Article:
Here’s what’s happening in the Angelina Jolie and Brad Pitt FBI lawsuit
It has been revealed that former partners Angelina Jolie and Brad Pitt are the subjects of a previously anonymous FBI lawsuit as new information relating to an incident that allegedly caused their divorce in 2016 comes to light.
Celebrity power couple Angelina Jolie and Brad Pitt had the public in the palm of their hands since the pair first met on the set of Mr. & Mrs. Smith back in 2004. From their humanitarian efforts and many adoptions making headlines to the much-too-talked about Jennifer Anniston love triangle, the couple lived out their life together in the limelight until their split in 2016.
One September 20, 2016, Angelina Jolie filed for divorce. In a statement released at the time, it was said that the “decision was made for the health of the family” and that the Lara Croft: Tomb Raider star would not be commenting further.
Naturally, much speculation ensued, and it wasn’t until the following year that she spoke out for the first time publicly. “It’s just been the hardest time, and we’re just kind of coming up for air,” she told Vanity Fair. “We’re all trying to do our best to heal our family.”
“Things got bad,” said Jolie. “I didn’t want to use that word… Things became ‘difficult’ … “[The kids] were very brave. In times they needed to be,” said Jolie. “We’re all just healing from the events that led to the filing … They’re not healing from divorce. They’re healing from some… from life, from things in life.”
Years later, in a 2021 profile on The Guardian, Jolie alluded to an alleged altercation between her, her children, and her then-husband. She said that she was “sworn to silence” about her “legal situation” and her domestic-abuse allegations against Pitt. “I’m not the kind of person who makes decisions like the decisions I had to make lightly,” she said. “It took a lot for me to be in a position where I felt like I had to separate from the father of my children.”
In September of 2016, Brad Pitt was under investigation for allegations of physical abuse following an altercation with his then-wife, Jolie, and their then 15-year-old son Maddox on the family’s private plane. In the days that followed the alleged incident, Jolie filed for divorce and sought sole custody, which she has retained since.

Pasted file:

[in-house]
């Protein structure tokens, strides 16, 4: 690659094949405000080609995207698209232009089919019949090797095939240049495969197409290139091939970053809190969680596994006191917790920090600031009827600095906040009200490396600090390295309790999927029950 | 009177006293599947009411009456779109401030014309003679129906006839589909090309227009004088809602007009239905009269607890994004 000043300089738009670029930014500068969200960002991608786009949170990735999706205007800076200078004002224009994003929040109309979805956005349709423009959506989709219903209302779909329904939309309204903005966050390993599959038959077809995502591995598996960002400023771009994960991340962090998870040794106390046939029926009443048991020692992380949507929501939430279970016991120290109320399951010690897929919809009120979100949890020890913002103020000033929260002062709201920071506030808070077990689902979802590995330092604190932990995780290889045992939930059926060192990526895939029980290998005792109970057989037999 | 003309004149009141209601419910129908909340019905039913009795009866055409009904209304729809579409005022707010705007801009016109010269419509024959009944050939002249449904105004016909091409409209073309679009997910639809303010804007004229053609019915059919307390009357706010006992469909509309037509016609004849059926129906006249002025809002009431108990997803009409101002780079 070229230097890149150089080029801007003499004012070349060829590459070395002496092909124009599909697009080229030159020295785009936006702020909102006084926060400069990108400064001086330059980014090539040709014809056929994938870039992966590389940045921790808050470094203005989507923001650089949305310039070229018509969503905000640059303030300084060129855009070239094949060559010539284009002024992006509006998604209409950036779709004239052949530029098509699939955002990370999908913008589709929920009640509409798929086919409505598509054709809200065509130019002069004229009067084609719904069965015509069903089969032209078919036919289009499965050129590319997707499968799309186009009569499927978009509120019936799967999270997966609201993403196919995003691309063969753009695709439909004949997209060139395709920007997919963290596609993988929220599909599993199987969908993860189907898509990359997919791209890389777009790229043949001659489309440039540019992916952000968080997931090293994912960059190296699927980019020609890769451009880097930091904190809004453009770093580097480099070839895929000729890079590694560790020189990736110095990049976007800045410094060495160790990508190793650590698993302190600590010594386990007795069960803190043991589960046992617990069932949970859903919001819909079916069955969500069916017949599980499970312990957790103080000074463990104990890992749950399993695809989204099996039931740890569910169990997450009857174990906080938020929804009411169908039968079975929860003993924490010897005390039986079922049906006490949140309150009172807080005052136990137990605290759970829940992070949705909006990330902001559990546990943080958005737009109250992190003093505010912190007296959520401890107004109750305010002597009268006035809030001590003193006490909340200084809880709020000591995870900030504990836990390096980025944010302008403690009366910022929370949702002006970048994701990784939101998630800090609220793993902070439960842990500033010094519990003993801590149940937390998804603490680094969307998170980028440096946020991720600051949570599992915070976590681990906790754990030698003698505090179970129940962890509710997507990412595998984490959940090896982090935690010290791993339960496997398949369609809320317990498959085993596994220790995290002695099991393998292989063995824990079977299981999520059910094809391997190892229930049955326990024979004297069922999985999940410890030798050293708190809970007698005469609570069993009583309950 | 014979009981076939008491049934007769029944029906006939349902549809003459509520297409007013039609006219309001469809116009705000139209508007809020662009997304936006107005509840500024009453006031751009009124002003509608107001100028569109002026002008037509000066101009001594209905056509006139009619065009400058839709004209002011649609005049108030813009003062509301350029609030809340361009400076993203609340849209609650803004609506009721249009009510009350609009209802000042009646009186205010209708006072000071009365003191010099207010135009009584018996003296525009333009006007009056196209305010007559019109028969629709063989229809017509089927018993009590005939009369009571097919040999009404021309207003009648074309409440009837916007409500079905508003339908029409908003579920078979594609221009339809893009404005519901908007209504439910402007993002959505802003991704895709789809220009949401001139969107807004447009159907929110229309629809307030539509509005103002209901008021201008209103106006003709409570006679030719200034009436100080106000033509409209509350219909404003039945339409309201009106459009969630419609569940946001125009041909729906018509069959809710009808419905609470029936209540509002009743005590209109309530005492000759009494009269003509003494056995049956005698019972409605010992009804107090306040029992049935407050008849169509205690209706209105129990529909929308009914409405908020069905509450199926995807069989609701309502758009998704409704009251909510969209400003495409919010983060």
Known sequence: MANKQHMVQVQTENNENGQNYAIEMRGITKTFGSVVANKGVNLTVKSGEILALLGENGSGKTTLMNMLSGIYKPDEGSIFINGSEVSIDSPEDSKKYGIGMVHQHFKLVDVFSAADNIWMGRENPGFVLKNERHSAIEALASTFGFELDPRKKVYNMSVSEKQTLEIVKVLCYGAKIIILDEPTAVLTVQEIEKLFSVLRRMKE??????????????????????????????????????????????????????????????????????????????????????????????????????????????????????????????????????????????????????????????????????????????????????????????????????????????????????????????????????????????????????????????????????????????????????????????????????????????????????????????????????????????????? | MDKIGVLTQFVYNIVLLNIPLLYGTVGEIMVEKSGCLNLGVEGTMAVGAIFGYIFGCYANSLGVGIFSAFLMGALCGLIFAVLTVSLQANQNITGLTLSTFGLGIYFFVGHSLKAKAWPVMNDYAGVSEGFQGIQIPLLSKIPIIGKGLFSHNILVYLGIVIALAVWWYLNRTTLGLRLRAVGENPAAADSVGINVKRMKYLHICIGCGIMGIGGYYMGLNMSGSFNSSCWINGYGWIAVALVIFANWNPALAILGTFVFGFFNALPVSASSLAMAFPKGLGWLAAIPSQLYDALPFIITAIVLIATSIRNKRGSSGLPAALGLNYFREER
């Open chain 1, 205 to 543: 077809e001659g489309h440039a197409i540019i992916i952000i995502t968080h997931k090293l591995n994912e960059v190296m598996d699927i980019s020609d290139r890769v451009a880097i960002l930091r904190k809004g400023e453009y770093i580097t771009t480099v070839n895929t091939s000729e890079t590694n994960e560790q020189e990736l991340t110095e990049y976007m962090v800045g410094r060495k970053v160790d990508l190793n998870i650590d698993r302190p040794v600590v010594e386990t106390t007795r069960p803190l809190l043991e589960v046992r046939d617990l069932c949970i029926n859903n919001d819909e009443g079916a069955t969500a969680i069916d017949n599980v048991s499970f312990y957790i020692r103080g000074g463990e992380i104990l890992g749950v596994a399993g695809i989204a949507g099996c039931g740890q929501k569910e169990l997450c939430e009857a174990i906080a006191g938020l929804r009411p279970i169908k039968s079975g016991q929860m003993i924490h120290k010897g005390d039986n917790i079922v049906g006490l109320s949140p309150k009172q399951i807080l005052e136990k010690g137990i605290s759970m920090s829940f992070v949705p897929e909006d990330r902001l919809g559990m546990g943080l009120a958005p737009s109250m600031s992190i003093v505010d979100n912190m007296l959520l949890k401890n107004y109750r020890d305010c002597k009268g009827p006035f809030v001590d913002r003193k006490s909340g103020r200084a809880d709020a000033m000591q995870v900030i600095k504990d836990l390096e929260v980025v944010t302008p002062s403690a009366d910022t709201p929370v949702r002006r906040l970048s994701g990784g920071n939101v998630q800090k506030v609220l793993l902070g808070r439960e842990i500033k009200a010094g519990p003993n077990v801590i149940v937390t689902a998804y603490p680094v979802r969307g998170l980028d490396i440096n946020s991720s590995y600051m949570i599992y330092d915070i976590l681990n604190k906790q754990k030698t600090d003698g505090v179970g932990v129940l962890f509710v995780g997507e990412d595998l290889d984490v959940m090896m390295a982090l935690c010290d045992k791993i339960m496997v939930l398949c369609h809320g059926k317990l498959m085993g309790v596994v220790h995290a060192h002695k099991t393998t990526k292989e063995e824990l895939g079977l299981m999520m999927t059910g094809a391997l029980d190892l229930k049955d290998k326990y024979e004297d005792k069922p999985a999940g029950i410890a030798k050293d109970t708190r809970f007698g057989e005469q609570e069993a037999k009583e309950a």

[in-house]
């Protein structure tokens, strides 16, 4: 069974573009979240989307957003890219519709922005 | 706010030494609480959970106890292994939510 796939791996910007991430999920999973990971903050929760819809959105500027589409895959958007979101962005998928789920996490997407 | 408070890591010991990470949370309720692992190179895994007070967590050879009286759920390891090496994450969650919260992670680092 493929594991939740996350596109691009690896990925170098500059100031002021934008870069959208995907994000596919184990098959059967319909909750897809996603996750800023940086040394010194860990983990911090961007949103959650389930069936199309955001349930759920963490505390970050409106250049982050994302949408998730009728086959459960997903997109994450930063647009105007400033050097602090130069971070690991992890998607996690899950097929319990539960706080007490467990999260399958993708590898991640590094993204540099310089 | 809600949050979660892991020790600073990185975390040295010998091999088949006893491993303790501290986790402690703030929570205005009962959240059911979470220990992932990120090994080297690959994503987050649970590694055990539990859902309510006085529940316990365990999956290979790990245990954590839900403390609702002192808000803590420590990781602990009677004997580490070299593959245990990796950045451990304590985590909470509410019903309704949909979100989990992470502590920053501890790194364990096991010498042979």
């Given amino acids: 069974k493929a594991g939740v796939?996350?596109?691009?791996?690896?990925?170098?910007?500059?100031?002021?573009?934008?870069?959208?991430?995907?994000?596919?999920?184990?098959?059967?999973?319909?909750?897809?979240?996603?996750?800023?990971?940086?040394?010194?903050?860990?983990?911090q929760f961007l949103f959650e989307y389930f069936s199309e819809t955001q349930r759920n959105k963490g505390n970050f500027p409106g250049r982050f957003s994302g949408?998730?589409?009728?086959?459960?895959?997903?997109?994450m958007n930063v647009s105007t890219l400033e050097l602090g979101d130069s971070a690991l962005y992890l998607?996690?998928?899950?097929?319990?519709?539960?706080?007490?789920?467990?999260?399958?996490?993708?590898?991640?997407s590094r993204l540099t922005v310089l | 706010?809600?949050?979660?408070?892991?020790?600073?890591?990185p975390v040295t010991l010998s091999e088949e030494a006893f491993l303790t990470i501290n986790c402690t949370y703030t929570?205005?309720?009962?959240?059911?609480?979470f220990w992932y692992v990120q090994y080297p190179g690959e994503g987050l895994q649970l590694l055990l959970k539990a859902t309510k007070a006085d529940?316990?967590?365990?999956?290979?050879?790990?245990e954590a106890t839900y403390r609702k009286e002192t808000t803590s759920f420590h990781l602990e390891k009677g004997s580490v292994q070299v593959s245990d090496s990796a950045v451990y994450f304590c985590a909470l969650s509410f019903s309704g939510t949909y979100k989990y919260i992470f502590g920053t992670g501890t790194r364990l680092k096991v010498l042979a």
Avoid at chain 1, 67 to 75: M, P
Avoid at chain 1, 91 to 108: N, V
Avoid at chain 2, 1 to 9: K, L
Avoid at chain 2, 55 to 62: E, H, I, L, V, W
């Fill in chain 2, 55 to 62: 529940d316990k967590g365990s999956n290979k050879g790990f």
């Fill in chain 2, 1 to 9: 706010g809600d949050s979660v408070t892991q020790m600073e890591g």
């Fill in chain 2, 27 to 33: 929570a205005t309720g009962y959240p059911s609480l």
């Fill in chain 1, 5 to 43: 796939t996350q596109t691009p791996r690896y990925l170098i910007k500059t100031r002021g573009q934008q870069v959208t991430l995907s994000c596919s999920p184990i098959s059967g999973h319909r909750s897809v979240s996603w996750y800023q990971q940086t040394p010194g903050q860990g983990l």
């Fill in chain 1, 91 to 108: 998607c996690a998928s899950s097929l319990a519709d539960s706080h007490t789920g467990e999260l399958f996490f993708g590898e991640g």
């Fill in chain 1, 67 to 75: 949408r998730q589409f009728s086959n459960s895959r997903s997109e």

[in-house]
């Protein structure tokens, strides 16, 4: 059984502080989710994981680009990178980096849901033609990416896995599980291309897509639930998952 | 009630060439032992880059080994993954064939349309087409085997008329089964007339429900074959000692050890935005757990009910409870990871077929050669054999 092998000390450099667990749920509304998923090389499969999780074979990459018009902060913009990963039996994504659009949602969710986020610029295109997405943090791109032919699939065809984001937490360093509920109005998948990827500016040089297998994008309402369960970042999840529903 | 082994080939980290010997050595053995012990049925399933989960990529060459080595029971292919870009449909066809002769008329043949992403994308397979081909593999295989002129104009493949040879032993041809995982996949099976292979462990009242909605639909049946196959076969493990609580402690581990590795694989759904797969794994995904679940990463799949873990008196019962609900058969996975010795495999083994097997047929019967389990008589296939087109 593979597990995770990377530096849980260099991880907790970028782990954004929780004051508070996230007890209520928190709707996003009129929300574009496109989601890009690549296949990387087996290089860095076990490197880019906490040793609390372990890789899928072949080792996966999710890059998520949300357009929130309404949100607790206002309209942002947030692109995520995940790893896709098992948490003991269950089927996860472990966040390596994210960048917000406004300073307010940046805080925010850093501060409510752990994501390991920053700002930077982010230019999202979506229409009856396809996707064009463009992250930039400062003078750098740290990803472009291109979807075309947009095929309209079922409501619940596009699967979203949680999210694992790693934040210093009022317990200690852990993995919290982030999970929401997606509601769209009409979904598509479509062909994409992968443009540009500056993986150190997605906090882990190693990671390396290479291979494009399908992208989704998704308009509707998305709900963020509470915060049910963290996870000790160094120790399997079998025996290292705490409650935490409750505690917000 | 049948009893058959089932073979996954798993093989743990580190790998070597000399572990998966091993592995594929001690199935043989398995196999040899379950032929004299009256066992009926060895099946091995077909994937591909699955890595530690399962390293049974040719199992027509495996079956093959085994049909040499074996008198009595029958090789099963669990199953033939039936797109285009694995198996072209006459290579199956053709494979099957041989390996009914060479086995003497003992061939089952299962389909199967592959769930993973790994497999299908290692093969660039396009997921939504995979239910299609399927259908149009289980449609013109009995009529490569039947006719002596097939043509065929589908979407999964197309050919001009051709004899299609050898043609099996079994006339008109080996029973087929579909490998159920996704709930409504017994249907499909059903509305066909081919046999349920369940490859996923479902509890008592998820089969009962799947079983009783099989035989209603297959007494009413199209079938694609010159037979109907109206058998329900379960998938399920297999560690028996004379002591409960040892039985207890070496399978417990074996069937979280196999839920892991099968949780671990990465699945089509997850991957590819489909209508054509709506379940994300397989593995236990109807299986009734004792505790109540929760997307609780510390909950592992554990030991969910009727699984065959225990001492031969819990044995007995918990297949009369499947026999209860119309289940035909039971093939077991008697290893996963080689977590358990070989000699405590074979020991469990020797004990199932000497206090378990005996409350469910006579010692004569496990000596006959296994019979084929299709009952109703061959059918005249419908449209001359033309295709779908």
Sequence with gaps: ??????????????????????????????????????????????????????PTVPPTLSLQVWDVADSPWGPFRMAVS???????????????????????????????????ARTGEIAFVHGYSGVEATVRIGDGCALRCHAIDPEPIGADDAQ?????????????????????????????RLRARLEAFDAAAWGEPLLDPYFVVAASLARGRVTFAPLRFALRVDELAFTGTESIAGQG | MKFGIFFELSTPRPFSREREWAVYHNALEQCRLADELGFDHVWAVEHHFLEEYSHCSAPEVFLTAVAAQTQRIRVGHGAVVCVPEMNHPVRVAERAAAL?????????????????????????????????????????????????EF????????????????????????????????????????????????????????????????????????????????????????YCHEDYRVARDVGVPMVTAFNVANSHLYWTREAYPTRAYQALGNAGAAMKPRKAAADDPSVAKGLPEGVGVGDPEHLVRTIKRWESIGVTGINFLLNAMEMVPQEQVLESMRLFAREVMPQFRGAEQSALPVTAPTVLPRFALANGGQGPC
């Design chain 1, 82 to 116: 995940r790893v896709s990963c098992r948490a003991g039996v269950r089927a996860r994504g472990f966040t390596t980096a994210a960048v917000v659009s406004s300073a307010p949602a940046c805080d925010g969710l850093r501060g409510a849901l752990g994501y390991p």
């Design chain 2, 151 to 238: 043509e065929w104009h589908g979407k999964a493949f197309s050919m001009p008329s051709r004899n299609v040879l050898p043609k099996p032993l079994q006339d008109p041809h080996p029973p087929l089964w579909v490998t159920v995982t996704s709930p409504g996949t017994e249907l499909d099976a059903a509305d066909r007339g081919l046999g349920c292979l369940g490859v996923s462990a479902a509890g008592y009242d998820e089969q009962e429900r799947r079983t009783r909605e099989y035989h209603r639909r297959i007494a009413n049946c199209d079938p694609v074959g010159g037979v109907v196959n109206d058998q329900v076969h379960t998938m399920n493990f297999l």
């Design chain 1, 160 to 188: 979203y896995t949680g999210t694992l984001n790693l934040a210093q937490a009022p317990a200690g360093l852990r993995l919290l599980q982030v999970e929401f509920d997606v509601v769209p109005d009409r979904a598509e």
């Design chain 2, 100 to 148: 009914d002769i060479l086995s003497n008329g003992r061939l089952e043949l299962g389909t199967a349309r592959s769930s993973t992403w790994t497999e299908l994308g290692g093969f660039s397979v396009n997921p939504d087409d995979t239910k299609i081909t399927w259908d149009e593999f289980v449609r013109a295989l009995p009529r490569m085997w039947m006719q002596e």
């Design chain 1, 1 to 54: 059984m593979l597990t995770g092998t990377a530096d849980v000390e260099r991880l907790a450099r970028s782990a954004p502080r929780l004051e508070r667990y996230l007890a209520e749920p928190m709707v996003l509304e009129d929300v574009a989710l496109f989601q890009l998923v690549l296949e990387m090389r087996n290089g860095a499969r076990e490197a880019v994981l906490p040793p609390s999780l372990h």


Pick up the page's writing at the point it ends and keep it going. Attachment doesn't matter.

The FBI closed their inquiry, with a spokesperson saying at the time that the bureau had “conducted a review of the circumstances” and would not pursue further investigation.
In April of this year, an anonymous Jane Doe filed a lawsuit against the FBI under the Freedom of Information Act, requesting information related to allegations of physical and verbal assault by her “then-husband” against her and their minor children on a private plane “several years ago.” In an article published by Puck this week, Jolie has been confirmed as the plaintiff in this lawsuit.
The actress has amended her initial complaint, and is seeking the withheld information from the initial inquiry in an effort to ensure that her children receive qualified care and counselling.
At the time of the initial investigation, a source close to Pitt told People that there was “a parent-child argument which was not handled in the right way” and that it had “escalated more than it should have.” They went on to say that Pitt “did not hit his child in the face in any way.”
According to Rolling Stone, a redacted FBI record from 2016 has shed further light on the alleged incident, including an interview with Jolie in which it was said that he “grabbed her by the head” and “pushed her into the bathroom wall.”
The documents also detail one of the couple’s children calling Pitt a “prick”, which prompted the actor to lunge at the child. Jolie then jumped in, grabbing Pitt around the neck “like in a choke hold”. When she was thrown off, she sustained injuries to her elbow and back. It is said that the fact that both parties sustained injuries factored into the FBI’s decision not to charge Pitt.
Attorney Amanda Kramer, who filed the original lawsuit, told Entertainment Weekly that “victims and survivors should be able to access federal agency records of crimes they experienced or reported, as is common at the state level, so they can advocate for health and trauma care and legal protections for their children and themselves.”